The answer is False. You’re not allowed to use a cell phone while driving as long as there isn’t any oncoming traffic.
Driving while on the mobile phone – A living horror
It is quite common nowadays for people to be using their mobile phones while driving, but the dangers of this practice cannot be stressed enough. It is regarded as an unsafe practice that can potentially cause a distraction while driving and accidents.
With an increasing number of accidents taking place when drivers conduct calls or texts while at the wheels, many jurisdictions have made it illegal to use a cellphone while at the wheels while some have enacted laws that ban the use of handheld mobile devices.
However, the use of a hands-free device is permissible in places though many studies have concluded that it is not safer by any degree. Some of the jurisdictions have limited their restrictions only where the use of mobile phones by minors is concerned.
There has been an increase in the number of instances of distracted driving leading up to automobile crashes in the United States. Cellphones have been identified as the leading cause behind this problem.
Though many people are aware of the risks and grave consequences involved, they still continue to opt for the risk rather than stay safe in critical moments on the road.
Cellphones are now an integral part of every life, so much so that some find it hard to put them down even when behind the wheels.
Driving while on the phone poses some severe threats
You would have heard at least one horror tale involving the use of cell phones while driving – it is inevitable given the dominance of this phone technology in almost every modern life.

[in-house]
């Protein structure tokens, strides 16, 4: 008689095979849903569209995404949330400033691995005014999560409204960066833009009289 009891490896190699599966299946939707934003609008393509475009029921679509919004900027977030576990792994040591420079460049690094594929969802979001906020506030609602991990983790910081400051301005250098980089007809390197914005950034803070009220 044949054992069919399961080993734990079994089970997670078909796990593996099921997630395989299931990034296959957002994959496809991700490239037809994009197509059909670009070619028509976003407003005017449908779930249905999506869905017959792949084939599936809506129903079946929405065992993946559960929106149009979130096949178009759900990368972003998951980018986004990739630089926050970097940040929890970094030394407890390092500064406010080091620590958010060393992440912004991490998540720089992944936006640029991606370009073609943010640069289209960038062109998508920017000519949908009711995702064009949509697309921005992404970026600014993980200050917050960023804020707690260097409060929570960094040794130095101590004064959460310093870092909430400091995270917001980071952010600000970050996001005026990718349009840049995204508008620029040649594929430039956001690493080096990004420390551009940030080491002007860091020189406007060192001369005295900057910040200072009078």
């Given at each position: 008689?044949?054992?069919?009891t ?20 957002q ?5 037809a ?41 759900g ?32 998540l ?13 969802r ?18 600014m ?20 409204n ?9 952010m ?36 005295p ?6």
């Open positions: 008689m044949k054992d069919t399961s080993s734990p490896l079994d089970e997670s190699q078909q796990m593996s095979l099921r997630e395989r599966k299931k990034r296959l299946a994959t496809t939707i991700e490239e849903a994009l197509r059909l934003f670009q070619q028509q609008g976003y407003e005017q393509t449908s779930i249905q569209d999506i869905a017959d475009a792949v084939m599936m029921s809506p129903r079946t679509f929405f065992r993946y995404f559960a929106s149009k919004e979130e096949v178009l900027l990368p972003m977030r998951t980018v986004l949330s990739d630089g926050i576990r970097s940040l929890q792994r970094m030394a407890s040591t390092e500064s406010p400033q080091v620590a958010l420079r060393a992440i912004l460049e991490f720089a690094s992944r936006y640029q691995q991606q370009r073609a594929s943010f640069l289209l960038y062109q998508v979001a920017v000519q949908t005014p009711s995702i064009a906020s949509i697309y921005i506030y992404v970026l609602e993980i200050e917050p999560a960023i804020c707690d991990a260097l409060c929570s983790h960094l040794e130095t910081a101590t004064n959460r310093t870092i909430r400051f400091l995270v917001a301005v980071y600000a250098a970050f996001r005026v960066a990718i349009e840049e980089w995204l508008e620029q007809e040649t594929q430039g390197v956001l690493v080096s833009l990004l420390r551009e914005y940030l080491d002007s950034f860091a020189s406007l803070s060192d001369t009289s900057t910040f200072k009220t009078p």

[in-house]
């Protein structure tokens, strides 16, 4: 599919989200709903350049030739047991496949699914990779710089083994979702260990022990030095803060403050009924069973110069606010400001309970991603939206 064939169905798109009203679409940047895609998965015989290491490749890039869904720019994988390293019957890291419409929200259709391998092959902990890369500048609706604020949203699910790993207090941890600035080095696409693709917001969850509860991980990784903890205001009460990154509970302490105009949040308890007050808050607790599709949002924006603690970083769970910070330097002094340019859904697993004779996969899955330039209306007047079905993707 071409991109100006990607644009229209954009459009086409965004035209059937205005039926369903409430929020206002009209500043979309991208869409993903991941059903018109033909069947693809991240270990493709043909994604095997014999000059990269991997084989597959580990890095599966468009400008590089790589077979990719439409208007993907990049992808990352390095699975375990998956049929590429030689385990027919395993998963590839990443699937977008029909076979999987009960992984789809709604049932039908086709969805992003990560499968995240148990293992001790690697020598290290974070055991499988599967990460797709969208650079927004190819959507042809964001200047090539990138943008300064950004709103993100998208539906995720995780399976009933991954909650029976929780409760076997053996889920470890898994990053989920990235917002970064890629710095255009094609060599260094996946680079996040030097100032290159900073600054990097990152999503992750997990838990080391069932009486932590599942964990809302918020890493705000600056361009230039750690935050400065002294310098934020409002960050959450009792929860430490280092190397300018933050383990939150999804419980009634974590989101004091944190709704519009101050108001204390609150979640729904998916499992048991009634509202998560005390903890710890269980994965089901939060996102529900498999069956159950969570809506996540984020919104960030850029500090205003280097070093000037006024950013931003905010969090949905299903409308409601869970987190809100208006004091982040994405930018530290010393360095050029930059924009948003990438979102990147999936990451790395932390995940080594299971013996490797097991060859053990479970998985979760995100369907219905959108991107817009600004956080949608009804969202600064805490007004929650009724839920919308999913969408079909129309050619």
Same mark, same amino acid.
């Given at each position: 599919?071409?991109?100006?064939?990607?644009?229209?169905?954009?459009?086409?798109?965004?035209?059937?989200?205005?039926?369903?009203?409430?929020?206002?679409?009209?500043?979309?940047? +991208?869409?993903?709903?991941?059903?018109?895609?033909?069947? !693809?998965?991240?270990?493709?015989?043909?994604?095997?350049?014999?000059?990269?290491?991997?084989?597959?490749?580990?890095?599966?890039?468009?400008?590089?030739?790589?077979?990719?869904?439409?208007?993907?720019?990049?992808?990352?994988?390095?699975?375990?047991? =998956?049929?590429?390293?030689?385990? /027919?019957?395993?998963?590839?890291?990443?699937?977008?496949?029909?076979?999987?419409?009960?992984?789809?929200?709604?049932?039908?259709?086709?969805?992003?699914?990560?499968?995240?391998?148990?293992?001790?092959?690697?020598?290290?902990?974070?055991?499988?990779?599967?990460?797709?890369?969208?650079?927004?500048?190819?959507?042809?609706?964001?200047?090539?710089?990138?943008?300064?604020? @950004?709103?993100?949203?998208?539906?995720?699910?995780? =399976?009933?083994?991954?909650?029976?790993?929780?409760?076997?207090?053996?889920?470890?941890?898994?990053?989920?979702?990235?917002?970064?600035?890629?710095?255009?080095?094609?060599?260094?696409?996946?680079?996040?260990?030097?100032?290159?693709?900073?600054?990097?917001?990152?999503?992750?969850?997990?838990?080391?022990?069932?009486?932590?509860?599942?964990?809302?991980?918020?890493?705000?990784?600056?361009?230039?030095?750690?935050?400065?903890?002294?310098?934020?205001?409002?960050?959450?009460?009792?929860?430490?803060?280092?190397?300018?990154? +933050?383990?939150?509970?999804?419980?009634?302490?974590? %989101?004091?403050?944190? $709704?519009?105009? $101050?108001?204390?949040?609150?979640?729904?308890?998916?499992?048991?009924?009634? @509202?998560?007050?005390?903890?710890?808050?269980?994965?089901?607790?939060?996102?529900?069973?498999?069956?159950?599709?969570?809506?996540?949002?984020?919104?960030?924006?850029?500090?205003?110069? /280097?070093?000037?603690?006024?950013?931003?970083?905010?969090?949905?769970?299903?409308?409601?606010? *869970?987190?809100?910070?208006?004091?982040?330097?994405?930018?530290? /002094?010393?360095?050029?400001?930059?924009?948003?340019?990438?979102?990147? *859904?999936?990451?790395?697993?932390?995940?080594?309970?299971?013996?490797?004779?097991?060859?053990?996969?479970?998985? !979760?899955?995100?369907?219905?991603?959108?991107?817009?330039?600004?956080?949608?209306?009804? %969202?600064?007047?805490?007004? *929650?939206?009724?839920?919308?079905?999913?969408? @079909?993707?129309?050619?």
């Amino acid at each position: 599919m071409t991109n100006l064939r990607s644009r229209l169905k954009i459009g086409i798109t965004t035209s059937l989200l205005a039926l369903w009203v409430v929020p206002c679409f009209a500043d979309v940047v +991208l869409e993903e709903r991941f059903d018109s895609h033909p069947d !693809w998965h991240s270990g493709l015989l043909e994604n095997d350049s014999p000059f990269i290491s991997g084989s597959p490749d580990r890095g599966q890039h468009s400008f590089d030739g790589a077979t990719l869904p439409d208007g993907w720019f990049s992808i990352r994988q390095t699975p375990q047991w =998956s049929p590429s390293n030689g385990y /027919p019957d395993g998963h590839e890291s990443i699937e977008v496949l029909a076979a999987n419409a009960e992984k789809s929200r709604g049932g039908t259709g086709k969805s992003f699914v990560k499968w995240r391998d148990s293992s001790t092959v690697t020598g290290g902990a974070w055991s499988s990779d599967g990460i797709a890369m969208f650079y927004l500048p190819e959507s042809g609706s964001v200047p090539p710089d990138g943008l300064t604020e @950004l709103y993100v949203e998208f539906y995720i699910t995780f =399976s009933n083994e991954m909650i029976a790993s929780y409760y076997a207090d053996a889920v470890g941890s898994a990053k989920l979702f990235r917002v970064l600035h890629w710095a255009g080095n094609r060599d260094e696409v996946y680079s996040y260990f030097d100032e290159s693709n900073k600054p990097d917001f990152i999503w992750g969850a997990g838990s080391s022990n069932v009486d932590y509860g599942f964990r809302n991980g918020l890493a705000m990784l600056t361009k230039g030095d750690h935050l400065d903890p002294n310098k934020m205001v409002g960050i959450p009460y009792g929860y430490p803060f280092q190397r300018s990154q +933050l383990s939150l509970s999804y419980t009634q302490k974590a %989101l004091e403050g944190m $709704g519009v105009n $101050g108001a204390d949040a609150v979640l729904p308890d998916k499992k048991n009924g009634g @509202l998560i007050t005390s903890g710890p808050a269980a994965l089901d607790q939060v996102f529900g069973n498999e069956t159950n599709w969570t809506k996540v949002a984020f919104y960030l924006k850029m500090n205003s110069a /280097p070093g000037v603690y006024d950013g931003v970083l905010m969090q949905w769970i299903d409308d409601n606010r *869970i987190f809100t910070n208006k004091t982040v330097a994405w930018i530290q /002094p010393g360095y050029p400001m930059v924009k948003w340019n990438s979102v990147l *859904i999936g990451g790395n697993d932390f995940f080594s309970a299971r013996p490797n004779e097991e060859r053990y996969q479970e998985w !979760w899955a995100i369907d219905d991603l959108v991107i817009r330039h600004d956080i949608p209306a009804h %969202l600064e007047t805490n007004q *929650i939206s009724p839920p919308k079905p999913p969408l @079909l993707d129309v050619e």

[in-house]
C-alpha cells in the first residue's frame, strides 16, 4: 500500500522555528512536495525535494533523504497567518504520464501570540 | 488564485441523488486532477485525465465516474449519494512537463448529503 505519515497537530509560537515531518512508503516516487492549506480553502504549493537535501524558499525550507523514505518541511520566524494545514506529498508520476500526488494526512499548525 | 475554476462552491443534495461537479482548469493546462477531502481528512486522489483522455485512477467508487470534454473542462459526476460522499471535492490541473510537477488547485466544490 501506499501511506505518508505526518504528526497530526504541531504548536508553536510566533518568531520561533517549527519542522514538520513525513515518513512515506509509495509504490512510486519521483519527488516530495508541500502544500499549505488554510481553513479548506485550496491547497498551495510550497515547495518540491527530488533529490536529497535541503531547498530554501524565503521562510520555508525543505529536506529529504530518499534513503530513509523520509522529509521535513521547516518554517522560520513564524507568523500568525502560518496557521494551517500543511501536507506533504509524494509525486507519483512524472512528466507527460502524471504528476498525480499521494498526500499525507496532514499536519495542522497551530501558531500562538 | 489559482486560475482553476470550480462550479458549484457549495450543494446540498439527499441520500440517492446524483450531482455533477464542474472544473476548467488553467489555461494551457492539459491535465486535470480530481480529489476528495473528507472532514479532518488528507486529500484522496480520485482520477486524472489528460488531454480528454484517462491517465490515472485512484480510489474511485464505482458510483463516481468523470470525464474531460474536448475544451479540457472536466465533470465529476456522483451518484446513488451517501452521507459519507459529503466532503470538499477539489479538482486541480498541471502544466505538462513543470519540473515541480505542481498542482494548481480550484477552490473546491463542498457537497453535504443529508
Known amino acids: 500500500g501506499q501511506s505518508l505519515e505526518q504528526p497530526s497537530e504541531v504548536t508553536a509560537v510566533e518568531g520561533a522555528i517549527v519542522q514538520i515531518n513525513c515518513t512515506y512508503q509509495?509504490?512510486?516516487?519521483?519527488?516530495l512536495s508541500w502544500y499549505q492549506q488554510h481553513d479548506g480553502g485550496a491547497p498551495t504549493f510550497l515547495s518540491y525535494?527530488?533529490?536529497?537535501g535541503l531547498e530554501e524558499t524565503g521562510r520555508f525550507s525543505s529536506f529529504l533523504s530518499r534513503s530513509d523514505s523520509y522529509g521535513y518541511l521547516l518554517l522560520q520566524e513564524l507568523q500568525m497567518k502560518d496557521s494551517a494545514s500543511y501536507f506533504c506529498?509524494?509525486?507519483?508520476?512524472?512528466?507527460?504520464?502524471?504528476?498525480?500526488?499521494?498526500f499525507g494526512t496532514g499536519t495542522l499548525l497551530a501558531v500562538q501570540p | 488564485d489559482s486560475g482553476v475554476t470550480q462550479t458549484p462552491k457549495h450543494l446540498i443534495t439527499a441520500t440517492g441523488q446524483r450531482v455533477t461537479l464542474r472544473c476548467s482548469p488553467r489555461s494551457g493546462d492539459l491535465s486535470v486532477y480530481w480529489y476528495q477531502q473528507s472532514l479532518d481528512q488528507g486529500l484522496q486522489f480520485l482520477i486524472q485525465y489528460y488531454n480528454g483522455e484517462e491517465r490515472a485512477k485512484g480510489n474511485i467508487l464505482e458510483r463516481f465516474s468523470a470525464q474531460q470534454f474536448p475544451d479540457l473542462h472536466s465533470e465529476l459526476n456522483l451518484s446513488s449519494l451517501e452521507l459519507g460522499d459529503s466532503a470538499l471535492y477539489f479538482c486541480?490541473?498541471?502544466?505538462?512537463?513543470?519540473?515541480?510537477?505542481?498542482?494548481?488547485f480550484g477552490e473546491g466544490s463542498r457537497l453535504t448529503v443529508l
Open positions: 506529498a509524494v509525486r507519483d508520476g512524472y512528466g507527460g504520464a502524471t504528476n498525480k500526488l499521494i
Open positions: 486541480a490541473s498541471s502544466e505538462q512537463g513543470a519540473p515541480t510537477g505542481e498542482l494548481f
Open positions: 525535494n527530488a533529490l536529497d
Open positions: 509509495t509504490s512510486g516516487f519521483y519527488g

Most warnings talk about specific risks associated with driving and texting though there are many more distractions to the drivers as far as for the use of phones while at the wheels is concerned.
Use of a cellphone while at the when can be distracting enough for even the strongest-willed people and lead to an accident.
Few people seem to have this realization dawning upon them that using a phone while manning a vehicle not only puts their own lives at risk but also risks the lives of others around them.
A victim of an accident that was caused by a distracted driver will tell you of the kind of frustration they experience, knowing well that such an unpleasant incident could have been avoided in the first place.
Such accidents can have severe consequences such as financial burden, property damage, mental trauma, or physical injury – in some instances; the consequences could potentially be worse.
There can be no arguing to the fact that the cellphone represents a device with immense potential that has made everyday life simpler for people in many aspects. However, you cannot justify its use while driving.
Apart from texting, there are numerous things that people do while at the wheels that are a threat not only to their lives but also to those around them.
Some of these actions are
- Scrolling social media posts
- Trying to snap images
- Having an eye on GPS navigation
- Looking up their favorite music track on the playlist